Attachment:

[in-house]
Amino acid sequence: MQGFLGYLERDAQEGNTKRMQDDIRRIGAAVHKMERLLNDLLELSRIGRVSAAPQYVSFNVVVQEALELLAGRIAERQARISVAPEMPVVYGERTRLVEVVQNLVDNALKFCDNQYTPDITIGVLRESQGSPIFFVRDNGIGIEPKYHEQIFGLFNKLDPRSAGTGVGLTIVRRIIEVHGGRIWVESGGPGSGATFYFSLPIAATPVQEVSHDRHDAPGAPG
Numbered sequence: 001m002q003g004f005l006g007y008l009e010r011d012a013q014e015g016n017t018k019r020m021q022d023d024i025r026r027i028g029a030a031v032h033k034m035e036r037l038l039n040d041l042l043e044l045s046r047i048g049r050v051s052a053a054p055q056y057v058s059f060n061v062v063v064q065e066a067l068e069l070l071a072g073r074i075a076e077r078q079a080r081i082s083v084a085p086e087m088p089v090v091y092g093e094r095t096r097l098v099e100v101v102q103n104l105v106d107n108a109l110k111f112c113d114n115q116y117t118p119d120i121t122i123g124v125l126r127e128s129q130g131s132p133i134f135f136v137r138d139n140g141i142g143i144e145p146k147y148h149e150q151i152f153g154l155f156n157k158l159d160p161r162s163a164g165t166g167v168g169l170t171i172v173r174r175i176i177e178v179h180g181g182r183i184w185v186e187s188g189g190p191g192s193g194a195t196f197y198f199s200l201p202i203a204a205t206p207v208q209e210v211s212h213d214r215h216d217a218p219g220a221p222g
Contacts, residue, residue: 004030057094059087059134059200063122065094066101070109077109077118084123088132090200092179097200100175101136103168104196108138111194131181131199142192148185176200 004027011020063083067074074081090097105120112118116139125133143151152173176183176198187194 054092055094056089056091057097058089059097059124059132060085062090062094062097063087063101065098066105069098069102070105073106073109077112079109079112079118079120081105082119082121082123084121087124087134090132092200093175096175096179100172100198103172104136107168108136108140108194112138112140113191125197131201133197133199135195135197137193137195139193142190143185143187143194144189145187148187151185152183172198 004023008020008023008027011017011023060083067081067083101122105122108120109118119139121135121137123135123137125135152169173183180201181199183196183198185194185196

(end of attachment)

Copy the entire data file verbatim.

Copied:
[in-house]
Amino acid sequence: MQGFLGYLERDAQEGNTKRMQDDIRRIGAAVHKMERLLNDLLELSRIGRVSAAPQYVSFNVVVQEALELLAGRIAERQARISVAPEMPVVYGERTRLVEVVQNLVDNALKFCDNQYTPDITIGVLRESQGSPIFFVRDNGIGIEPKYHEQIFGLFNKLDPRSAGTGVGLTIVRRIIEVHGGRIWVESGGPGSGATFYFSLPIAATPVQEVSHDRHDAPGAPG
Numbered sequence: 001m002q003g004f005l006g007y008l009e010r011d012a013q014e015g016n017t018k019r020m021q022d023d024i025r026r027i028g029a030a031v032h033k034m035e036r037l038l039n040d041l042l043e044l045s046r047i048g049r050v051s052a053a054p055q056y057v058s059f060n061v062v063v064q065e066a067l068e069l070l071a072g073r074i075a076e077r078q079a080r081i082s083v084a085p086e087m088p089v090v091y092g093e094r095t096r097l098v099e100v101v102q103n104l105v106d107n108a109l110k111f112c113d114n115q116y117t118p119d120i121t122i123g124v125l126r127e128s129q130g131s132p133i134f135f136v137r138d139n140g141i142g143i144e145p146k147y148h149e150q151i152f153g154l155f156n157k158l159d160p161r162s163a164g165t166g167v168g169l170t171i172v173r174r175i176i177e178v179h180g181g182r183i184w185v186e187s188g189g190p191g192s193g194a195t196f197y198f199s200l201p202i203a204a205t206p207v208q209e210v211s212h213d214r215h216d217a218p219g220a221p222g
Contacts, residue, residue: 004030057094059087059134059200063122065094066101070109077109077118084123088132090200092179097200100175101136103168104196108138111194131181131199142192148185176200 004027011020063083067074074081090097105120112118116139125133143151152173176183176198187194 054092055094056089056091057097058089059097059124059132060085062090062094062097063087063101065098066105069098069102070105073106073109077112079109079112079118079120081105082119082121082123084121087124087134090132092200093175096175096179100172100198103172104136107168108136108140108194112138112140113191125197131201133197133199135195135197137193137195139193142190143185143187143194144189145187148187151185152183172198 004023008020008023008027011017011023060083067081067083101122105122108120109118119139121135121137123135123137125135152169173183180201181199183196183198185194185196